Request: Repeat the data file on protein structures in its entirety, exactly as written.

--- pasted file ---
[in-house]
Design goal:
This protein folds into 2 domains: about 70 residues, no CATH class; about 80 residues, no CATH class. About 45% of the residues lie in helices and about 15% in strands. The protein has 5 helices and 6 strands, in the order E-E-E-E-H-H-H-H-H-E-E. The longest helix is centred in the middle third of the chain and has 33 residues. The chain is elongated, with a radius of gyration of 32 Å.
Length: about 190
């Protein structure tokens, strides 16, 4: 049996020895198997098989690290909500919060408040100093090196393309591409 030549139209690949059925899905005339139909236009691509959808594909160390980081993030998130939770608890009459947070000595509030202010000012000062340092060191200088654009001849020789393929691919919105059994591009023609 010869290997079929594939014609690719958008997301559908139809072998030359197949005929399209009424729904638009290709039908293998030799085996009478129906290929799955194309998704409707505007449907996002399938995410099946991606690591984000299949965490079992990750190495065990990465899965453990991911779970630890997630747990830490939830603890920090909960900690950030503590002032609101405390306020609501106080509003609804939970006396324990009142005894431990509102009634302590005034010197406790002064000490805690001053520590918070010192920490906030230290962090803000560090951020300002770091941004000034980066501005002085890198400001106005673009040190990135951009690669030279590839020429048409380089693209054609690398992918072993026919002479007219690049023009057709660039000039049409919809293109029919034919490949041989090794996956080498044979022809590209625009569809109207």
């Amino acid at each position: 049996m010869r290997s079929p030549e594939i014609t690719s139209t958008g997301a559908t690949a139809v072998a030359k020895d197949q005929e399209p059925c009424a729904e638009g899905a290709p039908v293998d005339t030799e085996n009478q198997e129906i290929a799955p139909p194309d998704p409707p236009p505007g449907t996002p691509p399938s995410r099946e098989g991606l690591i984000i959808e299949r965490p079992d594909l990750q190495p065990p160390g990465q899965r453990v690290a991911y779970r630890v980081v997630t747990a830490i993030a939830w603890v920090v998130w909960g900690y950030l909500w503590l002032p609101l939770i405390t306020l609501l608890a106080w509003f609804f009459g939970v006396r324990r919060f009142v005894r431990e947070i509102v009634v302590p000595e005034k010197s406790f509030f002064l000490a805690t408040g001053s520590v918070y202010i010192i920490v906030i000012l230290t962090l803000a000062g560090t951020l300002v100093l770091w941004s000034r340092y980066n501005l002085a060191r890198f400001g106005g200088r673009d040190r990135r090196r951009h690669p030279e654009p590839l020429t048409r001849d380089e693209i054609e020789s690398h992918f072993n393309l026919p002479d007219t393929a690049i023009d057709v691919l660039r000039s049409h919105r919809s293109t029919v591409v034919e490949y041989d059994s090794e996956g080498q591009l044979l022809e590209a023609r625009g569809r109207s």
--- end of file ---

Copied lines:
[in-house]
Design goal:
This protein folds into 2 domains: about 70 residues, no CATH class; about 80 residues, no CATH class. About 45% of the residues lie in helices and about 15% in strands. The protein has 5 helices and 6 strands, in the order E-E-E-E-H-H-H-H-H-E-E. The longest helix is centred in the middle third of the chain and has 33 residues. The chain is elongated, with a radius of gyration of 32 Å.
Length: about 190
């Protein structure tokens, strides 16, 4: 049996020895198997098989690290909500919060408040100093090196393309591409 030549139209690949059925899905005339139909236009691509959808594909160390980081993030998130939770608890009459947070000595509030202010000012000062340092060191200088654009001849020789393929691919919105059994591009023609 010869290997079929594939014609690719958008997301559908139809072998030359197949005929399209009424729904638009290709039908293998030799085996009478129906290929799955194309998704409707505007449907996002399938995410099946991606690591984000299949965490079992990750190495065990990465899965453990991911779970630890997630747990830490939830603890920090909960900690950030503590002032609101405390306020609501106080509003609804939970006396324990009142005894431990509102009634302590005034010197406790002064000490805690001053520590918070010192920490906030230290962090803000560090951020300002770091941004000034980066501005002085890198400001106005673009040190990135951009690669030279590839020429048409380089693209054609690398992918072993026919002479007219690049023009057709660039000039049409919809293109029919034919490949041989090794996956080498044979022809590209625009569809109207």
């Amino acid at each position: 049996m010869r290997s079929p030549e594939i014609t690719s139209t958008g997301a559908t690949a139809v072998a030359k020895d197949q005929e399209p059925c009424a729904e638009g899905a290709p039908v293998d005339t030799e085996n009478q198997e129906i290929a799955p139909p194309d998704p409707p236009p505007g449907t996002p691509p399938s995410r099946e098989g991606l690591i984000i959808e299949r965490p079992d594909l990750q190495p065990p160390g990465q899965r453990v690290a991911y779970r630890v980081v997630t747990a830490i993030a939830w603890v920090v998130w909960g900690y950030l909500w503590l002032p609101l939770i405390t306020l609501l608890a106080w509003f609804f009459g939970v006396r324990r919060f009142v005894r431990e947070i509102v009634v302590p000595e005034k010197s406790f509030f002064l000490a805690t408040g001053s520590v918070y202010i010192i920490v906030i000012l230290t962090l803000a000062g560090t951020l300002v100093l770091w941004s000034r340092y980066n501005l002085a060191r890198f400001g106005g200088r673009d040190r990135r090196r951009h690669p030279e654009p590839l020429t048409r001849d380089e693209i054609e020789s690398h992918f072993n393309l026919p002479d007219t393929a690049i023009d057709v691919l660039r000039s049409h919105r919809s293109t029919v591409v034919e490949y041989d059994s090794e996956g080498q591009l044979l022809e590209a023609r625009g569809r109207s």